Inverted Brayton Cycle With Exhaust Gas Condensation

Ian Kennedy, Zhihang Chen, Simon Jones, Bob Ceen, Colin Copeland

Research output: Chapter in Book/Report/Conference proceedingConference contribution

1 Citation (Scopus)

Abstract

Approximately 30% of the energy from an internal combustion engine is rejected as heat in the exhaust gases. An inverted Brayton cycle (IBC) is one potential means of recovering some of this energy, in order to improve the overall system efficiency. When a fuel is burnt, water and CO2 are produced and expelled as part of the exhaust gases. In an IBC, in order to reduce compression work, the exhaust gases are cooled before compression up to ambient pressure. If coolant with a low enough temperature is available, it is possible to condense some of the water out of the exhaust gases, further reducing compressor work.
In this study the condensation of exhaust gas water is studied. The results show that the IBC can produce about 50 kW/kg/s for the conditions investigated. The main factors that influence the power output are heat exchanger pressure drop, turbine expansion ratio and coolant temperature. A lower coolant temperature significantly increases power output, particularly when condensation occurs. Larger turbine expansion ratios produce more power and slightly lower the temperature at which condensation onset occurs. The system is very sensitive to heat exchanger pressure drop, as larger pressure drops increase the compressor pressure ratio whilst leaving the turbine expansion ratio unchanged. Higher turbine inlet pressures can also increase net power, but the higher exhaust backpressures pressures may increase engine pumping losses.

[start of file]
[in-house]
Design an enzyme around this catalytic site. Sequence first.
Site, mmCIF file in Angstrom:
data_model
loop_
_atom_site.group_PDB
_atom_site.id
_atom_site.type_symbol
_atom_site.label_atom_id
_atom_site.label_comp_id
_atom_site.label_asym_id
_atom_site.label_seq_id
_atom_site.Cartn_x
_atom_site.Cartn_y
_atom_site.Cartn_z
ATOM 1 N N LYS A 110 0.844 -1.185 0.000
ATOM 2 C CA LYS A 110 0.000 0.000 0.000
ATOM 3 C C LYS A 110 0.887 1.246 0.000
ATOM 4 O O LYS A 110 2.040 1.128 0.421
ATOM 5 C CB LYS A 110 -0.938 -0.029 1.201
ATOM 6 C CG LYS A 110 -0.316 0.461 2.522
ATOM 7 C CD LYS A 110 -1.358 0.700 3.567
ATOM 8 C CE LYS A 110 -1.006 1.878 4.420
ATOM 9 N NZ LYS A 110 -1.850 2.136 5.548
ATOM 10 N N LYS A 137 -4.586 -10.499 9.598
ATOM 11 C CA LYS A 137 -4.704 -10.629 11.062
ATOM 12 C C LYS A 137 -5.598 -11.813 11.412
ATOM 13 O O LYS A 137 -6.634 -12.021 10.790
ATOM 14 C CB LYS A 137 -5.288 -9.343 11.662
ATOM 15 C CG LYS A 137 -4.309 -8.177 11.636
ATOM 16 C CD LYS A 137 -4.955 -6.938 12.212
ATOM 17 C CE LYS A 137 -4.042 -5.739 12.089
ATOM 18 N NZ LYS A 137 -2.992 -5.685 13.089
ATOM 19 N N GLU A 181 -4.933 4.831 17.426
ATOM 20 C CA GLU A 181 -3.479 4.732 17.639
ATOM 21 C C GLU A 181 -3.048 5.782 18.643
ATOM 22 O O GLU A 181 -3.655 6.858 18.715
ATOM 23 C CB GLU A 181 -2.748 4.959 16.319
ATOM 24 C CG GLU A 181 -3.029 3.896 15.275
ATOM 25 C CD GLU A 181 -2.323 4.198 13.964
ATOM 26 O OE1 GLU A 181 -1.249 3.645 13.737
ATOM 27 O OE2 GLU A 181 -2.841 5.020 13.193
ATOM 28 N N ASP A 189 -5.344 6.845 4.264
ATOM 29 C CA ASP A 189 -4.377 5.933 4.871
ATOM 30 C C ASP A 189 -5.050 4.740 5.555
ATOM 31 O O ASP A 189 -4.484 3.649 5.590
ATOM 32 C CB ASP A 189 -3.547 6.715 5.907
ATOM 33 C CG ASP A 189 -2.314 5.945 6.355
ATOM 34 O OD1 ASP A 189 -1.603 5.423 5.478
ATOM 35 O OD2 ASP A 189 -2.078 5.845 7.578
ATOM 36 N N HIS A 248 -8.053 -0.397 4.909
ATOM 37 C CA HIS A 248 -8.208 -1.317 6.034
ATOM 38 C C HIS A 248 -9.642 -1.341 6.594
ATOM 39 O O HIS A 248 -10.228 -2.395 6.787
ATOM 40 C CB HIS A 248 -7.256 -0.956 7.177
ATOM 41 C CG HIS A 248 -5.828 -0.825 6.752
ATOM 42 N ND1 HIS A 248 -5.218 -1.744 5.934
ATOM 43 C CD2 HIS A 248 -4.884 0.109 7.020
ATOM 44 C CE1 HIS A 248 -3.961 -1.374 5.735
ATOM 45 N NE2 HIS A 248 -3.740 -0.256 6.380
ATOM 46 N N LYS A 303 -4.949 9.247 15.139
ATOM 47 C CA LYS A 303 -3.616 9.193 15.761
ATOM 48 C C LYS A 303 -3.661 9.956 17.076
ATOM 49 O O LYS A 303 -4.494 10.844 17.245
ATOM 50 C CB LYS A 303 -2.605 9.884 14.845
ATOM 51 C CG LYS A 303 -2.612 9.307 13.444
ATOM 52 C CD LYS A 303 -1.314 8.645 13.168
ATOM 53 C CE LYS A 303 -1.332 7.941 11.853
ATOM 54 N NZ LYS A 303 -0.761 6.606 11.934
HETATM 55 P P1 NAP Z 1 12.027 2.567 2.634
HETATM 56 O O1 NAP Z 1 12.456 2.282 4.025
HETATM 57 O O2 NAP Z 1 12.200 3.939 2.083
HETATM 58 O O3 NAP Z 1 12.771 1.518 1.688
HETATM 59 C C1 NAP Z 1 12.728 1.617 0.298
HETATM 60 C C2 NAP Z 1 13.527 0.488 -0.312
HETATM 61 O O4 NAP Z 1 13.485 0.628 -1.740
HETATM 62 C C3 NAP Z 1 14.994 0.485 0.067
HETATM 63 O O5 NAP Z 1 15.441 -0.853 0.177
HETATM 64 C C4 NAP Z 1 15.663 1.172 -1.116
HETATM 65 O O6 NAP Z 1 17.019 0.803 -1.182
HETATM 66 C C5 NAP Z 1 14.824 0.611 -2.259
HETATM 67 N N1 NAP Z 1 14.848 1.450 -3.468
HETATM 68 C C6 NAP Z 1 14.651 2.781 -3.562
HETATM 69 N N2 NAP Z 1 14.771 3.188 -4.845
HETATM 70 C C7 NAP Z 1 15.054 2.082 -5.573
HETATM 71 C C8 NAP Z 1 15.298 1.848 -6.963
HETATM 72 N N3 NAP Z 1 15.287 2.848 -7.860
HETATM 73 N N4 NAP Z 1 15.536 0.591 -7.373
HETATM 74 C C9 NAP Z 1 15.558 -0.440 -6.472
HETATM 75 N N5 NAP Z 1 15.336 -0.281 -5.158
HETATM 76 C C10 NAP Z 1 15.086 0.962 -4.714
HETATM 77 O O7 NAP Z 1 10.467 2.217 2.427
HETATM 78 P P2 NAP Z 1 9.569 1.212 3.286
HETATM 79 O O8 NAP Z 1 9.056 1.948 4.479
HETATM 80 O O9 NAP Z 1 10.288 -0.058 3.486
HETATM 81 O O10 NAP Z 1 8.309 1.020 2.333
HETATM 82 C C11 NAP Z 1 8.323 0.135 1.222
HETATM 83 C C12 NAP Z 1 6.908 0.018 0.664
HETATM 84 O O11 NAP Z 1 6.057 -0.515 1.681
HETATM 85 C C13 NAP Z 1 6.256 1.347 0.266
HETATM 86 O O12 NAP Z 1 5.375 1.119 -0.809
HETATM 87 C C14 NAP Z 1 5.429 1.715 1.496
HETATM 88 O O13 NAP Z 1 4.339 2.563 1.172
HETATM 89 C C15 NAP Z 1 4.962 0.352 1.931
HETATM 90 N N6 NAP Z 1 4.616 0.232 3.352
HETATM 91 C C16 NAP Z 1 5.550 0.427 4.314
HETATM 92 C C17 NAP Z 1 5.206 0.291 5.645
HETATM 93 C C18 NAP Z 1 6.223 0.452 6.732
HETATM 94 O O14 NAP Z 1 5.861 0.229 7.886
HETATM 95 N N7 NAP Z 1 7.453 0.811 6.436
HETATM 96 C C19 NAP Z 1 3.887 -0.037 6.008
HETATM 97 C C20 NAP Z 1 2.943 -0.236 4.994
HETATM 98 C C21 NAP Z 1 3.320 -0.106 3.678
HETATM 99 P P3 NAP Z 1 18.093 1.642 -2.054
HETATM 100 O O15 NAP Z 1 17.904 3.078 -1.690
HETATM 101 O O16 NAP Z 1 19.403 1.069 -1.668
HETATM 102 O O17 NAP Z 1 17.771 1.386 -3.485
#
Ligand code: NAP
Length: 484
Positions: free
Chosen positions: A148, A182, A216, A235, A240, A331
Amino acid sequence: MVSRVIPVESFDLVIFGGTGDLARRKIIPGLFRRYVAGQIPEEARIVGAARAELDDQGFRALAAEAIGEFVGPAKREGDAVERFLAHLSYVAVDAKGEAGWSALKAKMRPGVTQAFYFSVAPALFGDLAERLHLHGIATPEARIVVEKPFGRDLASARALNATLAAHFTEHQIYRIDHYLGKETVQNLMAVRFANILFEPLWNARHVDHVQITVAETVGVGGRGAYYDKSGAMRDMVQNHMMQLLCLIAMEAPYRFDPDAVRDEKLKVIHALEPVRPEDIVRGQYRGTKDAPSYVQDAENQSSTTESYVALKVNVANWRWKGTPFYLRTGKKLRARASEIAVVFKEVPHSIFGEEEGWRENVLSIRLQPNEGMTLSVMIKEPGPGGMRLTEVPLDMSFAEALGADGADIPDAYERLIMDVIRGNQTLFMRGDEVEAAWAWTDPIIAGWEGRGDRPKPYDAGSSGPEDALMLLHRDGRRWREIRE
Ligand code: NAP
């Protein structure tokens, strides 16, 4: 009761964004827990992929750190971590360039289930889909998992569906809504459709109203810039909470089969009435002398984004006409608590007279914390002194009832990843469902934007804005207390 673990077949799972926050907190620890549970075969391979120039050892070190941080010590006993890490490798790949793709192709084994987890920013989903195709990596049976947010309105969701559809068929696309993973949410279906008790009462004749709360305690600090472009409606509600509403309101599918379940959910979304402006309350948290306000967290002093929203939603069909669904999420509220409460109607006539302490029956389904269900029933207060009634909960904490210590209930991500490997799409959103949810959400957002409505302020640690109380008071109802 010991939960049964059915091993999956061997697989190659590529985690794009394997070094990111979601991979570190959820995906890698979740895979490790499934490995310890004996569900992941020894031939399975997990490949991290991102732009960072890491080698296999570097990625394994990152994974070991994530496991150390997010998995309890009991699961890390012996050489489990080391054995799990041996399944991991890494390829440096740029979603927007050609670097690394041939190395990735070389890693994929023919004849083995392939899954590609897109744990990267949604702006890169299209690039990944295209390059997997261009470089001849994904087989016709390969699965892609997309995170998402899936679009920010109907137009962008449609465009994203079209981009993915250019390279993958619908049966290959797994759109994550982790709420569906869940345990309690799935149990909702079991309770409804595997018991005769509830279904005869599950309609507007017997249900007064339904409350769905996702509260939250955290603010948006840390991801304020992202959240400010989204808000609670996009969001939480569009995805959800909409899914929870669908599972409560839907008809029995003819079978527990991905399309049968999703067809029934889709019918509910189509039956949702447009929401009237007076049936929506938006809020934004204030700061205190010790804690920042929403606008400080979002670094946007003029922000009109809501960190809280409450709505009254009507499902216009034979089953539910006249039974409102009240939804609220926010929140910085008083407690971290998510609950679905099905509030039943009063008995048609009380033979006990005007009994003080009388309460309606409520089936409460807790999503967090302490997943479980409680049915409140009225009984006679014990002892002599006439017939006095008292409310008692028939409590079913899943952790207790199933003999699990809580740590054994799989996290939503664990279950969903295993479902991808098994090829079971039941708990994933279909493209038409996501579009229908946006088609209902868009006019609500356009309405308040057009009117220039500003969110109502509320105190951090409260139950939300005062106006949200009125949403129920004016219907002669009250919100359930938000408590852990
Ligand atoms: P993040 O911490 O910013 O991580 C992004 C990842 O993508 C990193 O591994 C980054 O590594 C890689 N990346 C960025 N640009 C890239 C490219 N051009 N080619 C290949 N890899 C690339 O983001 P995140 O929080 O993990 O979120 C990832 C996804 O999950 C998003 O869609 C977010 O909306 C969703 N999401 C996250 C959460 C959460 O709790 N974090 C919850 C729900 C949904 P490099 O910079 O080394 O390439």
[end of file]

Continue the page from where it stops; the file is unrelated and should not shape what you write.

Finally, for conditions when condensation is possible, the water content of the exhaust gas has a significant influence on power output. The hydrogen to carbon ratio of the fuel has the most potential to vary the water content and hence the power generated by the system. If there is no condensation, water content has a small impact on performance. The effect on power in the condensing region is predominantly due to reduced mass flow in the compressor.
LanguageEnglish
Title of host publicationASME Turbo Expo 2017 Conference Proceedings
Place of PublicationCharlotte, U. S. A.
PublisherAmerican Society of Mechanical Engineers (ASME)
ISBN (Print)9780791850954
DOIs
StatusPublished - 2017

Fingerprint

Brayton cycle
Exhaust gases
Condensation
Turbines
Coolants
Water content
Pressure drop
Compressors
Heat exchangers
Plant expansion
Water
Intake systems
Temperature
Internal combustion engines
Compaction
Engines
Hydrogen
Carbon

Cite this

Kennedy, I., Chen, Z., Jones, S., Ceen, B., & Copeland, C. (2017). Inverted Brayton Cycle With Exhaust Gas Condensation. In ASME Turbo Expo 2017 Conference Proceedings [GT2017-64695] Charlotte, U. S. A.: American Society of Mechanical Engineers (ASME). https://doi.org/10.1115/GT2017-64695

Inverted Brayton Cycle With Exhaust Gas Condensation. / Kennedy, Ian; Chen, Zhihang; Jones, Simon; Ceen, Bob; Copeland, Colin.